Elijah Manor: [0:00] Here we have a small web application with lots of animation. Many operating systems have a reduced-motion feature in their accessibility settings. As of now, our web app does not respect the setting, but we'll update our app to do so.
[0:23] Let's go to the very bottom. Thankfully, there's a media query called prefers-reduced-motion that we can detect. It could have values of no-preference and reduce. We'll detect when a user prefers a reduced experience and adjust the CSS accordingly.
[0:39] Let's go find the CSS selector that controls the rotation animation of the logo. OK, that's the App-logo. Let's add a new section for App-logo and turn off the animation. Once we save, you'll see on the right that the rotation of the logo has stopped. It's now respecting the reduce motion operating system setting.
[1:05] Now let's go find a selector that controls the stroke animation for the orbits. It's Logo-orbit. We'll go down and group our previous selector with Logo-orbit so that they both could have animation of none. We'll save our file. It'll update the right. You'll see that the stroke animation now stops as well.
[1:27] The only part of our SVG that's animating are the electrons. Those are not animated with CSS but with Smile. The animation motion element defines how the electrons move along the motion path.
[1:40] Let's grab the Logo-electron class of the circle elements, go back into our CSS file, and add a new rule set that hides the elements with display: none. Although that does remove the animation for the electrons, we should probably pause the animation instead of totally remove those elements.
[2:20] First, let's create some new state via the useState React hook and call it shouldReduceMotion with a setShouldReduceMotion setter. We'll default the setting defaults and set it later once we know what the operating systems value is. Next, we'll create a useEffect React hook. We'll have it only run after our component first renders.
[2:45] Here, we'll create a new mediaQuery with matchMedia, passing the same criteria that we used over in our CSS file previously.
[2:54] Let's go ahead and set the current state of the query to setShouldReduceMotion. The mediaQuery's match property will be true or false, based on the mediaQuery's string.
[3:06] Now let's add code to listen to changes to the prefers-reduced-motion media query. We'll define a handle media function that will accept changes and update our setShouldReduceMotion setting with e.matches. Then we'll add an EventListener to our media query and listen for any changes that occur, passing our handleMedia function.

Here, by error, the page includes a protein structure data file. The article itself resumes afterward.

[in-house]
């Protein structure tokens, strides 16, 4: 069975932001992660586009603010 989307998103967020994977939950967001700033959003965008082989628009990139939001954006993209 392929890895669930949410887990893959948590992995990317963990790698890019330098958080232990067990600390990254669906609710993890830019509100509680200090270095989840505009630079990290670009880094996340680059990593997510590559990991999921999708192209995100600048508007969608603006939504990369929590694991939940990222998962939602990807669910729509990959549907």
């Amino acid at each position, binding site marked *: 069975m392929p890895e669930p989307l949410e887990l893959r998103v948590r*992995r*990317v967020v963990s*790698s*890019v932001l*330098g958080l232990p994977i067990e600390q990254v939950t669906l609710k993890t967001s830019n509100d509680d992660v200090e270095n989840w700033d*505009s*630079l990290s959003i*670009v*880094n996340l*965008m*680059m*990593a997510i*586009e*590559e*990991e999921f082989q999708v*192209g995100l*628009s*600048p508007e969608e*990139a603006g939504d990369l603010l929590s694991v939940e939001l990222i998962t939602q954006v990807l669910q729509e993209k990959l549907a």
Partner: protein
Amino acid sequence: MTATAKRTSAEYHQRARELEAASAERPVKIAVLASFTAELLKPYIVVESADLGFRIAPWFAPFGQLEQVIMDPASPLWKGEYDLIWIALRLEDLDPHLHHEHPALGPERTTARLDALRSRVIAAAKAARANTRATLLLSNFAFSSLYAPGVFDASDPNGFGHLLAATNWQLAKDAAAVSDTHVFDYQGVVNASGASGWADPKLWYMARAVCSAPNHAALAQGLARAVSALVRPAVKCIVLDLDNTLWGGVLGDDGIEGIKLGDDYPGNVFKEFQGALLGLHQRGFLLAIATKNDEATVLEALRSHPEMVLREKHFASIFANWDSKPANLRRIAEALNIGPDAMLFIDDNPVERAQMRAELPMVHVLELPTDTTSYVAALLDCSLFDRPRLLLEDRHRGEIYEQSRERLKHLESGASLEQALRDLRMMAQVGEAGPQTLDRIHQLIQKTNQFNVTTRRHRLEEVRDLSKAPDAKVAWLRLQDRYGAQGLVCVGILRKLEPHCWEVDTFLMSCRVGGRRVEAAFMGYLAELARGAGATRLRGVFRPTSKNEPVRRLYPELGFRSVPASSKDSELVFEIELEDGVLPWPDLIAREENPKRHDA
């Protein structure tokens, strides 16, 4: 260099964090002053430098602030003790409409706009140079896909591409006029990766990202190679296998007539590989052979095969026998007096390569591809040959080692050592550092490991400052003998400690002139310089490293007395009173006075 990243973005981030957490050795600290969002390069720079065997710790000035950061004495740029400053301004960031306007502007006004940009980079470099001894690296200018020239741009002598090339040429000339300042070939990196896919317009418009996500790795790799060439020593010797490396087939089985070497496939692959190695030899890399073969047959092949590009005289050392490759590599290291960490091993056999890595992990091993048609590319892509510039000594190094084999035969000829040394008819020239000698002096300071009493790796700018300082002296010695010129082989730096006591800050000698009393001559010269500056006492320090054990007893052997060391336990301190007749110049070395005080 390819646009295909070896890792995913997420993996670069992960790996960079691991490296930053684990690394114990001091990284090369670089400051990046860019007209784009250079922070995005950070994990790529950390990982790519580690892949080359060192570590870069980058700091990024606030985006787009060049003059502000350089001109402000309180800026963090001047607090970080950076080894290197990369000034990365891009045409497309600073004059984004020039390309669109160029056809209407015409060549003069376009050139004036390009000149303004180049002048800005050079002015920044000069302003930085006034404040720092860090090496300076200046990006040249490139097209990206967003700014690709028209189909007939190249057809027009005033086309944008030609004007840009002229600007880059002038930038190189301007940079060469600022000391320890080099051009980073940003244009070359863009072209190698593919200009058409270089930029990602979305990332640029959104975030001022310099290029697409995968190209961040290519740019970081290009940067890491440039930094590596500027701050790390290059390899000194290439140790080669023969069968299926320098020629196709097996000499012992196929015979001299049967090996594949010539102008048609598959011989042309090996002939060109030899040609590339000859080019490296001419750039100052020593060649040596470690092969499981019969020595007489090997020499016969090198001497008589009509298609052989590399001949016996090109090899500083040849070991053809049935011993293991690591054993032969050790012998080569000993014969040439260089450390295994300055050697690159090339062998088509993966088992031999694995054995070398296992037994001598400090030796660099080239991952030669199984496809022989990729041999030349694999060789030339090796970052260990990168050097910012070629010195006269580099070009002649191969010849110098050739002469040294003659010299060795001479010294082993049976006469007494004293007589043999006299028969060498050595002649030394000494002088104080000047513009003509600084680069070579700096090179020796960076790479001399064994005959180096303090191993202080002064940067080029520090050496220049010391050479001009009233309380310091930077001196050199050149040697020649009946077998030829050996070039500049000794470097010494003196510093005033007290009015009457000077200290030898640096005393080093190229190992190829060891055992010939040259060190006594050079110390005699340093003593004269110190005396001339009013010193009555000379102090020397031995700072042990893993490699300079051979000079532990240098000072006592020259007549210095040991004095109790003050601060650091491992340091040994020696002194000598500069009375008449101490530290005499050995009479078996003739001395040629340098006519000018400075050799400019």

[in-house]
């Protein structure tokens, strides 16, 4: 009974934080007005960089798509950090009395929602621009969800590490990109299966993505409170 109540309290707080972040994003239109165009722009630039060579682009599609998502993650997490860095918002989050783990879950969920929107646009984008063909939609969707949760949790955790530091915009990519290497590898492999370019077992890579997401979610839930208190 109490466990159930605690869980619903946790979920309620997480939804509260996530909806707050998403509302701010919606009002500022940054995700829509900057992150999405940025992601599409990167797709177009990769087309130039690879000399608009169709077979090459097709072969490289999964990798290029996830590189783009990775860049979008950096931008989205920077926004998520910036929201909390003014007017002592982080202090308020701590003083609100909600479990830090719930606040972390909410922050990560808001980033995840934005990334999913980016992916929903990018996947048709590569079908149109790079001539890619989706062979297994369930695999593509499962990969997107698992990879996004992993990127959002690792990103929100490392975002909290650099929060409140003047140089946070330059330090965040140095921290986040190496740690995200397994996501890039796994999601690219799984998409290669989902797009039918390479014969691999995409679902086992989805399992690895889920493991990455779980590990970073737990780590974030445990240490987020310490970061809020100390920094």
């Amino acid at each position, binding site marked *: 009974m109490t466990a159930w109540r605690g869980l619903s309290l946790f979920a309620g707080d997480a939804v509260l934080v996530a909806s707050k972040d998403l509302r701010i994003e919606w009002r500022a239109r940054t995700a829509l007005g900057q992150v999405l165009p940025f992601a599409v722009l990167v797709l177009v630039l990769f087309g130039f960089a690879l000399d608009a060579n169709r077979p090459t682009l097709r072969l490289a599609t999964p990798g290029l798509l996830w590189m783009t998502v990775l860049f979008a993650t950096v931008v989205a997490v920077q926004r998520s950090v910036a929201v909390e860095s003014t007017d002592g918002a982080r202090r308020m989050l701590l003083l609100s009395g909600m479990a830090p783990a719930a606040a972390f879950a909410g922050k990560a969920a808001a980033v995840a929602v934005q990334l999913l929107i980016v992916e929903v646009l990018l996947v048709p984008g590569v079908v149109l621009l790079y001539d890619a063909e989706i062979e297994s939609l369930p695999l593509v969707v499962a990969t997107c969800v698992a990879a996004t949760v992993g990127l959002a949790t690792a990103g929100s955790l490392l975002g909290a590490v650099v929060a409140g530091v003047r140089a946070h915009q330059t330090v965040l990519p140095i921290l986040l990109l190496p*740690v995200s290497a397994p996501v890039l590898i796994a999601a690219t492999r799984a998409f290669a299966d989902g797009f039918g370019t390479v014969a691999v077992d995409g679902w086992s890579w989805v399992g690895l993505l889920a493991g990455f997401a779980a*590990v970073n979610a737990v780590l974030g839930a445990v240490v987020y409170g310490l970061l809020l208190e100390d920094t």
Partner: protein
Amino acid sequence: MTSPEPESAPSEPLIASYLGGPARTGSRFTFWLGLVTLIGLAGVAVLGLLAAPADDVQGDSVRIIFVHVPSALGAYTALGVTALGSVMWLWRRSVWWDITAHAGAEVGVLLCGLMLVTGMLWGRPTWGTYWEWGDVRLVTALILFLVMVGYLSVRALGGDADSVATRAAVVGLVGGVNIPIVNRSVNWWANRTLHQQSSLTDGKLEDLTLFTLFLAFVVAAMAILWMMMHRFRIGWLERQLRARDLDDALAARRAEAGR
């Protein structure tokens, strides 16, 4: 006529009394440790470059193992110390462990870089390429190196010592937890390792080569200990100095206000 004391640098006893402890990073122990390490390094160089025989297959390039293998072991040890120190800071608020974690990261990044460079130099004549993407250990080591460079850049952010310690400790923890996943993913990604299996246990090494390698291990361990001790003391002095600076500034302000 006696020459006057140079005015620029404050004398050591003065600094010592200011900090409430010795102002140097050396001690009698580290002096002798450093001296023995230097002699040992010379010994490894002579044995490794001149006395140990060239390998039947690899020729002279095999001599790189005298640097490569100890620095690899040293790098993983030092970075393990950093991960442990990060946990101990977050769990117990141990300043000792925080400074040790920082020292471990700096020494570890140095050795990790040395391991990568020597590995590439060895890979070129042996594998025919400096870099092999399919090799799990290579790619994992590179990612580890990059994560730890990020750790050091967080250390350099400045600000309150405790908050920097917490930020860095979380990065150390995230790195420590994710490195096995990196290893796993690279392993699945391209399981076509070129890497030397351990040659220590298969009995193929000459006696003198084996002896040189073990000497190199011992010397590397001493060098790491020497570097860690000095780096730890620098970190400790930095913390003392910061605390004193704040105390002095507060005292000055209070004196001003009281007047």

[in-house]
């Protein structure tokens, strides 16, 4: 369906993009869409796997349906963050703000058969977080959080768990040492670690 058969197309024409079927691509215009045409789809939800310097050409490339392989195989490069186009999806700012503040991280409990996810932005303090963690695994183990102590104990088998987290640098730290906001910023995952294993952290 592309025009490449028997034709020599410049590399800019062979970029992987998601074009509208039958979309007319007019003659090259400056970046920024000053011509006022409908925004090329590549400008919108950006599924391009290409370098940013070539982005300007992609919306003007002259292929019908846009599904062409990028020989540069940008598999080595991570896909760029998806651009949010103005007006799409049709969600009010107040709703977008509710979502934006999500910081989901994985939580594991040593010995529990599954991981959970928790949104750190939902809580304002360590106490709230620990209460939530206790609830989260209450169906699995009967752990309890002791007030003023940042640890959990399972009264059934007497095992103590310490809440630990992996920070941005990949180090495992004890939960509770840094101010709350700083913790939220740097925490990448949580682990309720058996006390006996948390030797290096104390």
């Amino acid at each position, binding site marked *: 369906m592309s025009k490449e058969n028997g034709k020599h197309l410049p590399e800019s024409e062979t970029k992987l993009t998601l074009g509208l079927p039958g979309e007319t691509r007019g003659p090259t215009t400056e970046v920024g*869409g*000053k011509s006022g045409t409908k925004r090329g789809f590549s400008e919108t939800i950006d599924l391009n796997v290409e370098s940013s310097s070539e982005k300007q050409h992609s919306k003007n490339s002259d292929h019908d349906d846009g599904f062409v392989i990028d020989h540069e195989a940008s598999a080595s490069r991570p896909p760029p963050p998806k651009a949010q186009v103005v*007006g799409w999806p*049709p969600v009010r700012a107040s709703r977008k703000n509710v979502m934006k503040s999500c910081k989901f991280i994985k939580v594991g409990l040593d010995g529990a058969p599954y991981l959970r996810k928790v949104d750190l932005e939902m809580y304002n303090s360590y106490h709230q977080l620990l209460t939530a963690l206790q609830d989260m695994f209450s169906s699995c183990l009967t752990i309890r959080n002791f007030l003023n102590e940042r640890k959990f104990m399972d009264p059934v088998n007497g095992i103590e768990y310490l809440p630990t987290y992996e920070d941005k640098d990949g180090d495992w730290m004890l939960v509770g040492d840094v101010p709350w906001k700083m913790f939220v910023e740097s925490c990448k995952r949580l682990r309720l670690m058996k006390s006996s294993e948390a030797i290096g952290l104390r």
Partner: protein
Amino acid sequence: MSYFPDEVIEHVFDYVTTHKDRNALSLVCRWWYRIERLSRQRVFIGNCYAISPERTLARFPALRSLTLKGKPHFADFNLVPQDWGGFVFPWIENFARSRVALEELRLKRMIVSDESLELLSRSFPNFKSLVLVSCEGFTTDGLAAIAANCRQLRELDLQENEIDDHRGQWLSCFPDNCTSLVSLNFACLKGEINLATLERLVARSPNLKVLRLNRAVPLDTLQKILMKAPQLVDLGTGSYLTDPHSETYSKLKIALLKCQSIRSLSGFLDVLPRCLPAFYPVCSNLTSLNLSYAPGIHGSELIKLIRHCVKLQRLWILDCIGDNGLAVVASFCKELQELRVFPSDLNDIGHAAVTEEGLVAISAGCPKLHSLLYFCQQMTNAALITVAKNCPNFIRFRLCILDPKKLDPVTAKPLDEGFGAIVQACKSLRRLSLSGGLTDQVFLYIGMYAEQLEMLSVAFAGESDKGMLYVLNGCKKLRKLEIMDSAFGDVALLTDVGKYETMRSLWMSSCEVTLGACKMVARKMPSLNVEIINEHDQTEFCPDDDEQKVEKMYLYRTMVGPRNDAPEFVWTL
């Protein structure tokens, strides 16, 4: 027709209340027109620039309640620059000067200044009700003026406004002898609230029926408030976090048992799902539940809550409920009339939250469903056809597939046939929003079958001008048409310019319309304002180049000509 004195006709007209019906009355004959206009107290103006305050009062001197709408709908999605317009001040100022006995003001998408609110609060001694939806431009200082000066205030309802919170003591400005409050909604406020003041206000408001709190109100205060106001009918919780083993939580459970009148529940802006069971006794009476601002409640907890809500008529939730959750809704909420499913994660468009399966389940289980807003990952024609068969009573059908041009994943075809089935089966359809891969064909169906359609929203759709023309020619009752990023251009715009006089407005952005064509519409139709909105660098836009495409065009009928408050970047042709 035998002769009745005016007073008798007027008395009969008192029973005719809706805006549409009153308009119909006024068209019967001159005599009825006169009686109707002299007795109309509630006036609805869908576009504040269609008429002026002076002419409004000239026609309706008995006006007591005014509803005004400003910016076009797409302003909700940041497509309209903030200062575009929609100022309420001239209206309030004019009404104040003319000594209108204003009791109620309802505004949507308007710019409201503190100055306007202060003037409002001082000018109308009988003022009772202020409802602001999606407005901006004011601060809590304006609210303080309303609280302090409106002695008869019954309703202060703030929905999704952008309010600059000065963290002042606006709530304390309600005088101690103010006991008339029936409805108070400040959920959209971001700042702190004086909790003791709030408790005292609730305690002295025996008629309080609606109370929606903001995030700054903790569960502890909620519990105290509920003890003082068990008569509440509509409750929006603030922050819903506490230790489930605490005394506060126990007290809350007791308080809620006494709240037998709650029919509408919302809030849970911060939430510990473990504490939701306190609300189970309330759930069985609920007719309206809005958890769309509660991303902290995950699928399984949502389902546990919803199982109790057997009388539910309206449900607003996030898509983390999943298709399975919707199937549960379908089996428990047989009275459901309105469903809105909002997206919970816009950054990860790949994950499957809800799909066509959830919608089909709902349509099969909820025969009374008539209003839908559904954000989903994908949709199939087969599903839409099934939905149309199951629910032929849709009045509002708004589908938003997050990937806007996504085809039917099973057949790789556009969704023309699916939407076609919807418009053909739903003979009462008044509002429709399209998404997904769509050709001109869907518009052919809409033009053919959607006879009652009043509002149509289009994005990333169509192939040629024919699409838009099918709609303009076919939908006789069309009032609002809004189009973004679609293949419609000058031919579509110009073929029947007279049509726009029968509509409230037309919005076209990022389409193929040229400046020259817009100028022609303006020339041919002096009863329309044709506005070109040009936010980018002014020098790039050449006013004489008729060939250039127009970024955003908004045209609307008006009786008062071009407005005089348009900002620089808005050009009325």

[3:29] Finally, we'll return a function to clean up after ourselves, and remove the EventListener from the mediaQuery for the change event.
[3:38] Now that should-reduce-motion is all set up, we should be able to use it to toggle the SVG animation. Let's create a new logoRef with the React.useRef hook, and come down and add our ref to the ReactLogo SVG.
[3:55] Let's create a new useEffect hook that will toggle the SVG's animation. If shouldReduceMotion is true, then it will grab the logoRef's current property, which is the SVG DOM element, and call pauseAnimations(), so that the electrons will stop moving.
[4:12] Otherwise, we'll call the unpauseAnimations() function of the SVG to resume any pause animations. We'll tell useEffect to run this effect any time that the value of shouldReduceMotion changes. Once we save, you could see on the right that our electrons indeed did stop animating.
[4:32] This is one of the rare cases where we may want to use the useLayoutEffect hook since we're working outside of React, but it should work either way.
[5:08] Since we already have defined shouldReduceMotion, we could leverage that state and update the animate prop to either be undefined or true, based on its value. Then we'll copy that logic and update the other animate prop as well. Let's save our code and see what happens.
[5:28] If reduce motion is turned off, everything animates. Once reduce motion is enabled, not only does the SVG stop animating, but the Framer Motion bar animations stop as well. Instead of animating, the bars immediately snap to their new values.
[5:45] Before we finish, let's utilize a custom hook that Framer Motion provides for us called useReduceMotion. This essentially does all the stuff that we were mainly writing earlier. We could delete much of our code and replace it with shouldReduceMotion = useReducedMotion.
[6:04] Now we should be able to test our web app again with the same results. There should be no animations when enabled, and the animations should resume if we flip the setting off. And they do.